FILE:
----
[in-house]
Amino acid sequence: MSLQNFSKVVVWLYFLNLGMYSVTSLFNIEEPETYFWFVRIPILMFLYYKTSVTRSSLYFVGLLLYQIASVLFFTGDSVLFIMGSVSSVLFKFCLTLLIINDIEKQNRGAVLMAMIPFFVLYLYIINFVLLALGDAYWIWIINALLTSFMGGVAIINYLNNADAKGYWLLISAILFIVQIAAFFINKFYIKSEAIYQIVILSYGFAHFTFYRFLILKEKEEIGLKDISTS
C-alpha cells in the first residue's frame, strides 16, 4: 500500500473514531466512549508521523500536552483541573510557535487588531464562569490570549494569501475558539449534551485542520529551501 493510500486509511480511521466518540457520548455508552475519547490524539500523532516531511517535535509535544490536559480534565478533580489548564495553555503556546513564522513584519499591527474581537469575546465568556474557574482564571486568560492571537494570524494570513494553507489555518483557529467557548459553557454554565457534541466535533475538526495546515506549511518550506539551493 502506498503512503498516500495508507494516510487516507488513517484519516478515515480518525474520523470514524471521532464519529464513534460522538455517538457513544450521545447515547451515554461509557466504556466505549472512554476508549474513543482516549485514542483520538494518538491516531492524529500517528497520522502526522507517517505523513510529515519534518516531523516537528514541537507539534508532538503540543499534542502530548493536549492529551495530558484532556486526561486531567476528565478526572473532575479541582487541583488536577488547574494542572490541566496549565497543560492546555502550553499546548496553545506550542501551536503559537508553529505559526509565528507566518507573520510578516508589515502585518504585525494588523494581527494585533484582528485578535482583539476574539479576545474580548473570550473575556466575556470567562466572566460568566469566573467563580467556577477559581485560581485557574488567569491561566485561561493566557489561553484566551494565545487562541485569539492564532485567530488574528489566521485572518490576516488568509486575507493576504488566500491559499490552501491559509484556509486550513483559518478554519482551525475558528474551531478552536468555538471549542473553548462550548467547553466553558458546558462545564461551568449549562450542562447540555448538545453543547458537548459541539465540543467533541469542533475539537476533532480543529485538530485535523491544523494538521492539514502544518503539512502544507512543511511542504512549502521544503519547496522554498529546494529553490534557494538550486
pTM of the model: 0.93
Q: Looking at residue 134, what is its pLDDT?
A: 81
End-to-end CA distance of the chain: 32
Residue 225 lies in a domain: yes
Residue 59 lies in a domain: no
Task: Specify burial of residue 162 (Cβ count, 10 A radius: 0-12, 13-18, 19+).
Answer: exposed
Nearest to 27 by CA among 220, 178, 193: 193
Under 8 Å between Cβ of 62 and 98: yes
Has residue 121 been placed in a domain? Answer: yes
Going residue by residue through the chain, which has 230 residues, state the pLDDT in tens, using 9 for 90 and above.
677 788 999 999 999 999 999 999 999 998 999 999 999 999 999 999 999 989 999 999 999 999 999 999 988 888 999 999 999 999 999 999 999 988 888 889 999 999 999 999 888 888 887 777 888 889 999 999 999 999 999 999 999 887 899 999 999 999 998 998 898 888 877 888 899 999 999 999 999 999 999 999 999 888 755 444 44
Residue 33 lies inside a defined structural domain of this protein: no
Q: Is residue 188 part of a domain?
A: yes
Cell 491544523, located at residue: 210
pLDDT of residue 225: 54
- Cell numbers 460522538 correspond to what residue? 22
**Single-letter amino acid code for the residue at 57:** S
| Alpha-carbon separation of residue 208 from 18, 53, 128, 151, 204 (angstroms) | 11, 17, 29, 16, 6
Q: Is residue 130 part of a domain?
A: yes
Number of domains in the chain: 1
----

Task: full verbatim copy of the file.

[in-house]
Amino acid sequence: MSLQNFSKVVVWLYFLNLGMYSVTSLFNIEEPETYFWFVRIPILMFLYYKTSVTRSSLYFVGLLLYQIASVLFFTGDSVLFIMGSVSSVLFKFCLTLLIINDIEKQNRGAVLMAMIPFFVLYLYIINFVLLALGDAYWIWIINALLTSFMGGVAIINYLNNADAKGYWLLISAILFIVQIAAFFINKFYIKSEAIYQIVILSYGFAHFTFYRFLILKEKEEIGLKDISTS
C-alpha cells in the first residue's frame, strides 16, 4: 500500500473514531466512549508521523500536552483541573510557535487588531464562569490570549494569501475558539449534551485542520529551501 493510500486509511480511521466518540457520548455508552475519547490524539500523532516531511517535535509535544490536559480534565478533580489548564495553555503556546513564522513584519499591527474581537469575546465568556474557574482564571486568560492571537494570524494570513494553507489555518483557529467557548459553557454554565457534541466535533475538526495546515506549511518550506539551493 502506498503512503498516500495508507494516510487516507488513517484519516478515515480518525474520523470514524471521532464519529464513534460522538455517538457513544450521545447515547451515554461509557466504556466505549472512554476508549474513543482516549485514542483520538494518538491516531492524529500517528497520522502526522507517517505523513510529515519534518516531523516537528514541537507539534508532538503540543499534542502530548493536549492529551495530558484532556486526561486531567476528565478526572473532575479541582487541583488536577488547574494542572490541566496549565497543560492546555502550553499546548496553545506550542501551536503559537508553529505559526509565528507566518507573520510578516508589515502585518504585525494588523494581527494585533484582528485578535482583539476574539479576545474580548473570550473575556466575556470567562466572566460568566469566573467563580467556577477559581485560581485557574488567569491561566485561561493566557489561553484566551494565545487562541485569539492564532485567530488574528489566521485572518490576516488568509486575507493576504488566500491559499490552501491559509484556509486550513483559518478554519482551525475558528474551531478552536468555538471549542473553548462550548467547553466553558458546558462545564461551568449549562450542562447540555448538545453543547458537548459541539465540543467533541469542533475539537476533532480543529485538530485535523491544523494538521492539514502544518503539512502544507512543511511542504512549502521544503519547496522554498529546494529553490534557494538550486
pTM of the model: 0.93
Q: Looking at residue 134, what is its pLDDT?
A: 81
End-to-end CA distance of the chain: 32
Residue 225 lies in a domain: yes
Residue 59 lies in a domain: no
Task: Specify burial of residue 162 (Cβ count, 10 A radius: 0-12, 13-18, 19+).
Answer: exposed
Nearest to 27 by CA among 220, 178, 193: 193
Under 8 Å between Cβ of 62 and 98: yes
Has residue 121 been placed in a domain? Answer: yes
Going residue by residue through the chain, which has 230 residues, state the pLDDT in tens, using 9 for 90 and above.
677 788 999 999 999 999 999 999 999 998 999 999 999 999 999 999 999 989 999 999 999 999 999 999 988 888 999 999 999 999 999 999 999 988 888 889 999 999 999 999 888 888 887 777 888 889 999 999 999 999 999 999 999 887 899 999 999 999 998 998 898 888 877 888 899 999 999 999 999 999 999 999 999 888 755 444 44
Residue 33 lies inside a defined structural domain of this protein: no
Q: Is residue 188 part of a domain?
A: yes
Cell 491544523, located at residue: 210
pLDDT of residue 225: 54
- Cell numbers 460522538 correspond to what residue? 22
**Single-letter amino acid code for the residue at 57:** S
| Alpha-carbon separation of residue 208 from 18, 53, 128, 151, 204 (angstroms) | 11, 17, 29, 16, 6
Q: Is residue 130 part of a domain?
A: yes
Number of domains in the chain: 1